The US rejects the idea of any nation claiming a sphere of influence, Vice President Joe Biden told a Washington think tank, arguing that the crisis in Ukraine was about the principles and values of the West and international order.
“We will not recognize any nation having a sphere of influence,” the vice president said during a speech at the Brookings Institution on Wednesday. It remained unclear whether the remark applied to US influence around the globe, or referred only to Russia, China and other countries.
Asked by AP diplomatic correspondent Matt Lee to clarify the remark, State Department spokesman Jeff Rathke did not quite know how.
“What we see when we look around the world are places where we desire to improve our contacts with countries,” Rathke said, acknowledging that other countries might do the same. “What is important is that those relations develop on the basis of mutual interest, mutual respect, without coercion, and to the benefit of the peoples of the countries involved.”
“I don’t really think the description of that as a ‘sphere of influence’ is particularly apt in those kinds of cases,” Rathke added.
Biden described the conflict in Ukraine as crucial to the future of NATO, the EU and the West in general, something that called for leadership “the kind our parents and grandparents’ generation delivered.”
Allowing the Kremlin to establish a “fiefdom” in Ukraine, he said, would only fan the flames of Russian ambition.
Biden blamed any humanitarian issues in Ukraine on Russia, reiterating US support for the government in Kiev. He has traveled to Ukraine three times over the past year, he said, and talks to President Poroshenko and Prime Minister Yatsenyuk about once a week, on average.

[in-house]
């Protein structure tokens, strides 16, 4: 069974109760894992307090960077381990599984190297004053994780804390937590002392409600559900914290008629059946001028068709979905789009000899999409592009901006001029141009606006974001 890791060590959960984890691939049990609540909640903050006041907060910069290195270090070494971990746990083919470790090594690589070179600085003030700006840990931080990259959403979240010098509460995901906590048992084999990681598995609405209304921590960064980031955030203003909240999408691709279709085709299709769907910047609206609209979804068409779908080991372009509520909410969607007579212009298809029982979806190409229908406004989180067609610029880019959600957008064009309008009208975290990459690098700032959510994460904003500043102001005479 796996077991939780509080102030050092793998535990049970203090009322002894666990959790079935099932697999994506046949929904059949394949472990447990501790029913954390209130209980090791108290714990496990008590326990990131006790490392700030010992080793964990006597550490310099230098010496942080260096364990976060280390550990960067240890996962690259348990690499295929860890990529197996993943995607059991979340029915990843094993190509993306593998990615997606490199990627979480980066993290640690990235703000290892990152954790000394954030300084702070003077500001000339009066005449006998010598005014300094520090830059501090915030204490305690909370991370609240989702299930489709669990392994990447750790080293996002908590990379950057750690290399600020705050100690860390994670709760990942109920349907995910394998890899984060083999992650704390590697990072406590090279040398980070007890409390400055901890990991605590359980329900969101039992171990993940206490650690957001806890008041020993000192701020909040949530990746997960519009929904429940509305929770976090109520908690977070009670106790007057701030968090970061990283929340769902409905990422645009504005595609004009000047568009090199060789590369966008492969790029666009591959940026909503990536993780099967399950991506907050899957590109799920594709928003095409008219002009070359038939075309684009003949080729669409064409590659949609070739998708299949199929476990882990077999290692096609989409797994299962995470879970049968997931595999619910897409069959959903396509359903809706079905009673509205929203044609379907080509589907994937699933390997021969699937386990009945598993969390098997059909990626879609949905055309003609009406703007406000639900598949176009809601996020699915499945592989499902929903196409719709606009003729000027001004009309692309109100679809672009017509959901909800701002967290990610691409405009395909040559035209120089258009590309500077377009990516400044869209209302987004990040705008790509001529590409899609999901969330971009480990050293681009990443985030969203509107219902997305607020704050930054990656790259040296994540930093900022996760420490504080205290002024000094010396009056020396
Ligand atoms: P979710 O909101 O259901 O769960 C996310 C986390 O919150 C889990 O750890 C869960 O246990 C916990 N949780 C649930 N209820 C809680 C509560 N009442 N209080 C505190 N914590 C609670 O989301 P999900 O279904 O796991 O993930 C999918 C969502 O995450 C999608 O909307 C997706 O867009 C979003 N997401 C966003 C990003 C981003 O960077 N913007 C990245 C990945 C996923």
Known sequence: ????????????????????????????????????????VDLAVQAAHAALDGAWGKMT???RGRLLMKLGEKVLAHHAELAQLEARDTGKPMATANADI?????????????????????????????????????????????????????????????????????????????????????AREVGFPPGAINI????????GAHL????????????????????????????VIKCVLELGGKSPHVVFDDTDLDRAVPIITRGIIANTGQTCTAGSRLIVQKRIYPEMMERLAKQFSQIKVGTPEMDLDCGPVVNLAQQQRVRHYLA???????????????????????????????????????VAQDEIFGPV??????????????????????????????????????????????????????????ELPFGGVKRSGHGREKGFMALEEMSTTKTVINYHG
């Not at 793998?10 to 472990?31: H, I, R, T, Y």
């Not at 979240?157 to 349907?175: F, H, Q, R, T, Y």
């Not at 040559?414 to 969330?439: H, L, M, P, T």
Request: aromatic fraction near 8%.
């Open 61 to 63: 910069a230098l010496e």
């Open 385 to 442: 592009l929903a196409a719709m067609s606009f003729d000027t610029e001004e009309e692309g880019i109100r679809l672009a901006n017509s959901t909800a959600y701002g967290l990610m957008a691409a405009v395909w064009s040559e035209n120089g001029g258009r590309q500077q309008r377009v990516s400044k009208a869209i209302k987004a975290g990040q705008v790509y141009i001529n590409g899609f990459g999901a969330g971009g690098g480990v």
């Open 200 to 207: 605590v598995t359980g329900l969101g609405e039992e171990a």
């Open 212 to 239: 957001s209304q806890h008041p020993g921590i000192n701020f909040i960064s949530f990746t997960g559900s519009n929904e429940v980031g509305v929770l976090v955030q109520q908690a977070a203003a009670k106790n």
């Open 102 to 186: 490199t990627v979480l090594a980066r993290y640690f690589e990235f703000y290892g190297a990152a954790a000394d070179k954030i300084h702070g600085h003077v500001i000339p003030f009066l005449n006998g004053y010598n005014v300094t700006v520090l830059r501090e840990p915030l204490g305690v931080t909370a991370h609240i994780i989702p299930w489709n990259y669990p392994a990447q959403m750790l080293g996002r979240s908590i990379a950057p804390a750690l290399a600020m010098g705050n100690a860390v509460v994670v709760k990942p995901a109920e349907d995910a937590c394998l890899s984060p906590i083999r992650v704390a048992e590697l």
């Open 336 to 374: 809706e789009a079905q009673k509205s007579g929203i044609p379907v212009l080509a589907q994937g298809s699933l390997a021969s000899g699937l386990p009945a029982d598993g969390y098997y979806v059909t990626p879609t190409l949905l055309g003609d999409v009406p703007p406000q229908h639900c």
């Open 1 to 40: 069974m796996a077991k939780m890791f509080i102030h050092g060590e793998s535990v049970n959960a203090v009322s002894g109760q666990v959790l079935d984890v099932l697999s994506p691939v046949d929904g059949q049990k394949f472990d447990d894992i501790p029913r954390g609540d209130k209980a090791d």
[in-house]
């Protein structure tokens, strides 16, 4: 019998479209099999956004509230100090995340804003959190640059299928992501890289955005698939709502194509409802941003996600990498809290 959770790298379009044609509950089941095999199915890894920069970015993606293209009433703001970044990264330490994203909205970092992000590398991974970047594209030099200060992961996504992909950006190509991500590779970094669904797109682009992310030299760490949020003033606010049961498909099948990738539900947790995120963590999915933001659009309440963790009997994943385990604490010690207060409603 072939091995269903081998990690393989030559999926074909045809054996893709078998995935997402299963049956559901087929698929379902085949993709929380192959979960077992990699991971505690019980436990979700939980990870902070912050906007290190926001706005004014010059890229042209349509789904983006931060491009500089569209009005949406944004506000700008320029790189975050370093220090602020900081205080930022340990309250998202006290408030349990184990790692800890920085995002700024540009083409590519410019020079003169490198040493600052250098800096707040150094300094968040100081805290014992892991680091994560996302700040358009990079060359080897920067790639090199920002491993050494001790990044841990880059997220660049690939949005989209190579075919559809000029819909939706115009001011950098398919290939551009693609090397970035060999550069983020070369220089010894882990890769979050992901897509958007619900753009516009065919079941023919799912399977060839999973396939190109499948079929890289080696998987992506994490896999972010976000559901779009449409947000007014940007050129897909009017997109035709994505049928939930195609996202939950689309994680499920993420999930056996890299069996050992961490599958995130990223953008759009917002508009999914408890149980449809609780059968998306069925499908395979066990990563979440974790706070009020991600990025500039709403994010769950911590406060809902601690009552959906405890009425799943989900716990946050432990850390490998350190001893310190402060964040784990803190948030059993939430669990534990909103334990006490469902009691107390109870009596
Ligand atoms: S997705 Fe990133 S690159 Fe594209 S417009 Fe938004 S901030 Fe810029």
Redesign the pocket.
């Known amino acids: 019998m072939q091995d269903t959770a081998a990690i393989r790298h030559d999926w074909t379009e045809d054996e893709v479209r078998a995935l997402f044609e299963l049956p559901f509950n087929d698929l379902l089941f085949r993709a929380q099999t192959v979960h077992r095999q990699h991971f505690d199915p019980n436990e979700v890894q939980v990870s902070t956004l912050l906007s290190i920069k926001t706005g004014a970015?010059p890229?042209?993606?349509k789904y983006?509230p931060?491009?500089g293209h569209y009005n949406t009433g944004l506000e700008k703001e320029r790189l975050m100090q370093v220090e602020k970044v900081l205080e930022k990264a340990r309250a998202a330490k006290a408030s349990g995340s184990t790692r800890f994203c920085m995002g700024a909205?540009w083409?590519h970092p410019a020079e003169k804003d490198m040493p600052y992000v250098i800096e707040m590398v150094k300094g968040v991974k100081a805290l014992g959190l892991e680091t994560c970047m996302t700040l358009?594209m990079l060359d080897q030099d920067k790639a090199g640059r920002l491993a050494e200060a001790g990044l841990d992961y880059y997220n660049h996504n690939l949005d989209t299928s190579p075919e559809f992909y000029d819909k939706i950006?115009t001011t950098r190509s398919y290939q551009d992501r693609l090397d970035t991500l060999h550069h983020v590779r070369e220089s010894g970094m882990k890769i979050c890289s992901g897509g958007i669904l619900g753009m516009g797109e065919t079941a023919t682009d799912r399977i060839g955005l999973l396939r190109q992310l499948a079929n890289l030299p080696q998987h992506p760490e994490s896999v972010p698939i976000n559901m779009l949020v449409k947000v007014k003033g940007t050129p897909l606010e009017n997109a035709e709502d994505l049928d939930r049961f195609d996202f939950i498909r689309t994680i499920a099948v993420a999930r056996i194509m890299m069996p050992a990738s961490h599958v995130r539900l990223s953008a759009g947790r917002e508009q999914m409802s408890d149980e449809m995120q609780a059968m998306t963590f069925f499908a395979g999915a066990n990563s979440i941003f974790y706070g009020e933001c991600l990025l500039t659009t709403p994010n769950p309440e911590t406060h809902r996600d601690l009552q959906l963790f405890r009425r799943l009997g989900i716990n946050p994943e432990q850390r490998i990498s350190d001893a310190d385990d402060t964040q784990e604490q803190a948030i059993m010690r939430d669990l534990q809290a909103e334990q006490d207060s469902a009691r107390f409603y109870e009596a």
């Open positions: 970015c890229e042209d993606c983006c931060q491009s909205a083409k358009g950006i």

According to the vice president, the US has provided $470 million to Kiev in economic assistance, not counting the billions in loan guarantees if Kiev “continues on the path of reforms” they promised to deliver.
The US needs a Ukraine that “cannot be bribed, coerced or intimidated,” Biden said, one that would someday serve as an example to Russians of what Western values and institutions can accomplish.
In the Vice President’s narrative, the US tried to be a friend to Russia and bring it into the “world of responsible nations” through institutions such as the World Trade Organization and the NATO-Russia Partnership. He said that process was going well between 2009 and 2012, during the Medvedev presidency, but blamed President Vladimir Putin for setting Russia on a different course since.
However, Biden also said that all politics was personal, and that the US would continue working with the Russian leadership wherever Moscow’s help could benefit US interests, citing the example of nuclear talks with Iran.
“We’re not looking for regime change, or any fundamental alteration of circumstances inside Russia,” Biden said. “We’re looking for [Putin] to, in our view, act rationally.”
Meanwhile, NATO Secretary General Jens Stoltenberg addressed the Center for Strategic and International Studies (CSIS) in Washington, where he accused Russia of “nuclear saber-rattling” he called “unjustified, destabilizing and dangerous.”
“Russia is a global actor that is asserting its military power,” Stoltenberg said. “We regret that Russia is taking this course. Because when might becomes right, the consequences are grave.”
The remarks come just two weeks after Secretary of State John Kerry met with his Russian counterpart in Sochi and urged the leadership in Kiev to “think twice” before re-igniting hostilities, frozen by a ceasefire arranged in February at the Belorussian capital of Minsk.
Forces loyal to the government in Kiev have since resumed artillery attacks on civilians in the Donetsk and Lugansk regions, in territories that have refused to recognize their authority since May 2014.
State Department’s Rathke insisted that “overwhelming majority of the ceasefire violations” were committed by “Russian [sic] and separatist forces,” but that he was “not familiar” with reports of civilians killed by Ukrainian shelling.
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